I did a walnut stain on the stocks to get them closer to the shade that I wanted.
I have just one application of oil on the stocks. Plan on doing the hand rubbing, steel wool, more oil,steel wool, etc until it looks like I want it to or I get tried of doing it.
Haven't heard back from the gunsmith about reblueing the metal. I called and got his answering machine. He has not returned my call yet.
Yes swany my shot gun is a front stuffer and I think that I had used 85 grains of powder and the same volume of shot last time. I had played around with different over the powder wads and had made some paper tubes to hold the shot like a shot cup. Trying to get the best pattern and ended up with a pretty good pattern out to around 25 yards. Shot the turkey at 10 yards.





I'll update as I go.
Just bought a used T/C Renegade flintlock 50cal, so I have that to get the way I want it. Differnt sights and such.
Mike
 

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Thanks for the update swinehart, she is coming along nicely! Just a heads up...when you update your tools, make sure one of them is a 4 in1 file, just can't beat it for removing excess wood. Mr fixit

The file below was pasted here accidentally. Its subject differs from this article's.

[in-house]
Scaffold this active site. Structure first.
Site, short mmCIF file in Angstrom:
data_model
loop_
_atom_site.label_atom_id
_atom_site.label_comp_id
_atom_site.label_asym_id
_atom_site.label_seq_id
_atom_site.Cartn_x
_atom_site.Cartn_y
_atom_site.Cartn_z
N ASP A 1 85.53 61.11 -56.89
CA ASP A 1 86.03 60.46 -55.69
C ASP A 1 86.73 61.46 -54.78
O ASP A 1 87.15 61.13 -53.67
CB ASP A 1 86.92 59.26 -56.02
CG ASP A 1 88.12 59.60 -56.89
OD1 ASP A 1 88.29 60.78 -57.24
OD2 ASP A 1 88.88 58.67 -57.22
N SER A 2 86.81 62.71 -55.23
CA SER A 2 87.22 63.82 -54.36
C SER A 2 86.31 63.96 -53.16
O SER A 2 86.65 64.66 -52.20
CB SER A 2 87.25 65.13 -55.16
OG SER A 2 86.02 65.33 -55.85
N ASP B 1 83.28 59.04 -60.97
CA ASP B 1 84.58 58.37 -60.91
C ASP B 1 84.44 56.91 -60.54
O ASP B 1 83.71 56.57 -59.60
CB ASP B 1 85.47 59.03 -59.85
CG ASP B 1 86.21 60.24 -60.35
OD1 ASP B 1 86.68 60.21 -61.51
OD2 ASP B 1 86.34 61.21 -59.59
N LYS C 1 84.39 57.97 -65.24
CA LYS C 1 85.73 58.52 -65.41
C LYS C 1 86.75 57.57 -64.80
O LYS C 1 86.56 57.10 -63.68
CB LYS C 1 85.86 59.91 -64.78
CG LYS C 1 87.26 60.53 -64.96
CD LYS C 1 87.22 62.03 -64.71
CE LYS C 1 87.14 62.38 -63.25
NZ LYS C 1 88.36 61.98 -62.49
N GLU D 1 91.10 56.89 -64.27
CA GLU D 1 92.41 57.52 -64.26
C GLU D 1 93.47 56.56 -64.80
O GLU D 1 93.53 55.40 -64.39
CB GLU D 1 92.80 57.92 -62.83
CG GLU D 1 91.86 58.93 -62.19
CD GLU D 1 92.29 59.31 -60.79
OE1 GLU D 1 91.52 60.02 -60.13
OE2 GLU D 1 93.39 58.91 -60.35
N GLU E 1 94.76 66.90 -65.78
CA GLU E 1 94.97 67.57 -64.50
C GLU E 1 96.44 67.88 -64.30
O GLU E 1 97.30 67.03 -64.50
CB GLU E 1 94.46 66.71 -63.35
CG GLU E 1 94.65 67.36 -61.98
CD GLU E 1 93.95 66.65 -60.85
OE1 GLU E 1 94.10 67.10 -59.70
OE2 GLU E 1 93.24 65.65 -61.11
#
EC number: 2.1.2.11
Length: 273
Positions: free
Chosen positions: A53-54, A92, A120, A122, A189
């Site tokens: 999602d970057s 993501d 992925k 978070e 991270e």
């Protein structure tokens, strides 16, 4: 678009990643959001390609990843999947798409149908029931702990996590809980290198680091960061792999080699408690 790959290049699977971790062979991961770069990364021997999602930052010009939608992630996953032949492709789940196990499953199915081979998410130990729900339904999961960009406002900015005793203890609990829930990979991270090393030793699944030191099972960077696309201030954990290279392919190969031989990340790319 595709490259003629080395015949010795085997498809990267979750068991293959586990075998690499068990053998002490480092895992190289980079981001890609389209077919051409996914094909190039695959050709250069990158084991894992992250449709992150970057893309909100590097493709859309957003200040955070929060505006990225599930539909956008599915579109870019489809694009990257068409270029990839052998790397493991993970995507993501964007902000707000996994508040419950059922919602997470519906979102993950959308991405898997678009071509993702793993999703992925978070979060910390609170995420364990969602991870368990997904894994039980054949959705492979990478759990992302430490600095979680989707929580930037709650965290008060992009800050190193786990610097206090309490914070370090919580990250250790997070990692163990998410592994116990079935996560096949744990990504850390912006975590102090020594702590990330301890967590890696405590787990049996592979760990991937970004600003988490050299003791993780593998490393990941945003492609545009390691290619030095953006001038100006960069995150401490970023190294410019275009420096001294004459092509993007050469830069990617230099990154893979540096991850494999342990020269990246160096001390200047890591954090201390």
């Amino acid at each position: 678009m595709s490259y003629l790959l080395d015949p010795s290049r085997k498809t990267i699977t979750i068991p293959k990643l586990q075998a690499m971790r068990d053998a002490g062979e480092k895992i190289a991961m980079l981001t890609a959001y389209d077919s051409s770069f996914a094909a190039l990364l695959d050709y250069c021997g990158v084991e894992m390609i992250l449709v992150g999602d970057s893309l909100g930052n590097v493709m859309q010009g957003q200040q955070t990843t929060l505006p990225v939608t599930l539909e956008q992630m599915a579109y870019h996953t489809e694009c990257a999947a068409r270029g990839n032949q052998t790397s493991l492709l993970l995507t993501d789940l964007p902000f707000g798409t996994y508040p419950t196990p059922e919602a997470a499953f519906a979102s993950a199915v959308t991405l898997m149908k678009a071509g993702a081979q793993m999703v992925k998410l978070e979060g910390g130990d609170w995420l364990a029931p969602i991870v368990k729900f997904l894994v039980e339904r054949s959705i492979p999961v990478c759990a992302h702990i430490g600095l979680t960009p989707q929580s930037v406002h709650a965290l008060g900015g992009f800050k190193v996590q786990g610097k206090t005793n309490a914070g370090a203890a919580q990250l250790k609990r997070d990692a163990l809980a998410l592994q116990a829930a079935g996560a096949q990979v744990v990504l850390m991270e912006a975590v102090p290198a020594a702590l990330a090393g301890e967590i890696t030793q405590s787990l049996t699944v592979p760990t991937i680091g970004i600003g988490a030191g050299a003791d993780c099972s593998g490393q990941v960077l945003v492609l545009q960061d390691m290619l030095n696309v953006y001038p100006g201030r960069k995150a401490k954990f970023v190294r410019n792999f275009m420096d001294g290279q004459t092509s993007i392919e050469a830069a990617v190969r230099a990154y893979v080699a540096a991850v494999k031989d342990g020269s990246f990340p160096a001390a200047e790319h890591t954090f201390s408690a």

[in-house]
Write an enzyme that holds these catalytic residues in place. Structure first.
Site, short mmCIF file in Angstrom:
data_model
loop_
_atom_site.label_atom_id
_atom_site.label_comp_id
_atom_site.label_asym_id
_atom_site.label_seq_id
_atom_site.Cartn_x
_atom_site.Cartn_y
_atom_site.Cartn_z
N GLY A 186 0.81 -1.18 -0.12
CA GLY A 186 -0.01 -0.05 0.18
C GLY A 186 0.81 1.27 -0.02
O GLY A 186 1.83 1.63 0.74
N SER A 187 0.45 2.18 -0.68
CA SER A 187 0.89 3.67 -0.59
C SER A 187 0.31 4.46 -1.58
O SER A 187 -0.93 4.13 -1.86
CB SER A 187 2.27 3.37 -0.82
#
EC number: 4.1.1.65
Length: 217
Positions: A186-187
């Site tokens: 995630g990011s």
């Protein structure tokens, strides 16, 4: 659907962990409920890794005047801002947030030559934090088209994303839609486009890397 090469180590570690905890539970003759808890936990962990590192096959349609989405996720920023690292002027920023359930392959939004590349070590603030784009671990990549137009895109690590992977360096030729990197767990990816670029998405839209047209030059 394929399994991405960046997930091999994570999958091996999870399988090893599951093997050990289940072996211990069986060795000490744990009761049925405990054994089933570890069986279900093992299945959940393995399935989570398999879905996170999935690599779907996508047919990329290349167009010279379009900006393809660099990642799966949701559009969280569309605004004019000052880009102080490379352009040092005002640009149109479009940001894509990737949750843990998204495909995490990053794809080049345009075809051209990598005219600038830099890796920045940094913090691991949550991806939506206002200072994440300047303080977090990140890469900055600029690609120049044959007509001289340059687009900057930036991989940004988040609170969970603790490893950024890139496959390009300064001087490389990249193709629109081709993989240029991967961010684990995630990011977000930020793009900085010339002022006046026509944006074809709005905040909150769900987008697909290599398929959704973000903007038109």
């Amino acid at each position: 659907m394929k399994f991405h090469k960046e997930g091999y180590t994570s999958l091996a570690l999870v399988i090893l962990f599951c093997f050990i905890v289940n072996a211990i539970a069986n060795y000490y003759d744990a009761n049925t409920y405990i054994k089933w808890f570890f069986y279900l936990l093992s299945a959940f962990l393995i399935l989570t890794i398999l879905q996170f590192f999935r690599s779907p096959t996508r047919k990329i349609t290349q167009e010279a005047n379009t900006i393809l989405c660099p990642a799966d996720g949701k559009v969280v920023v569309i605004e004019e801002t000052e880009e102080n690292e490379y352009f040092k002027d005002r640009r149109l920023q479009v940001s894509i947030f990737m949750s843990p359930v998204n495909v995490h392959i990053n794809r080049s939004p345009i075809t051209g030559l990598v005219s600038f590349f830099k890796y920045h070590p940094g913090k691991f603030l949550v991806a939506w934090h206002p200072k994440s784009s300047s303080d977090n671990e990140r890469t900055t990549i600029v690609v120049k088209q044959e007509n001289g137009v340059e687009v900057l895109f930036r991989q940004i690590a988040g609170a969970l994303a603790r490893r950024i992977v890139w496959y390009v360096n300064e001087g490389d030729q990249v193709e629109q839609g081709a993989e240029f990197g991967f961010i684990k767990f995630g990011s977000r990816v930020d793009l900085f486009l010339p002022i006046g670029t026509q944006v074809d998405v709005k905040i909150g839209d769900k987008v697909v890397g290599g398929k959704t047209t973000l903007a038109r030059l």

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You have it looking real good Swinehart. Looking forward to seeing it after it is finished. Mr Fixit is right about the 4 in one file. It is the handiest file for finishing a stock that I used.
 

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Swineheart, when you go shopping for tools, please, for Your Marlin's sake get a good set of gunsmith's screwdrivers, saves screwheads and tempers and don't ask how I know. More pictures of your progress and a rqnge report when finished will be appreciated by all us afflicted with Marlinitis. take care, John.
 

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Man you have got it looking good. Can't wait to see it finished. :)
 

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Discussion Starter · #20 ·
I'm finally getting back to the Marlin. Found somebody to re-blue the metal. I took all the inside workings out of the reciever (many thanks to Marlinman for the Disassembly & Assembly instructions with pictures) before I took the pieces to the gunsmith. I didn't get a break on the cost but learned alot while putting it all back together.

after the fire




Just a few more steps to finish. Butt plate and spacer, elevator for sight, etc.
Going to take a few shots at a target tomorrow.
Almost ready to look for another one to fix up.
Mike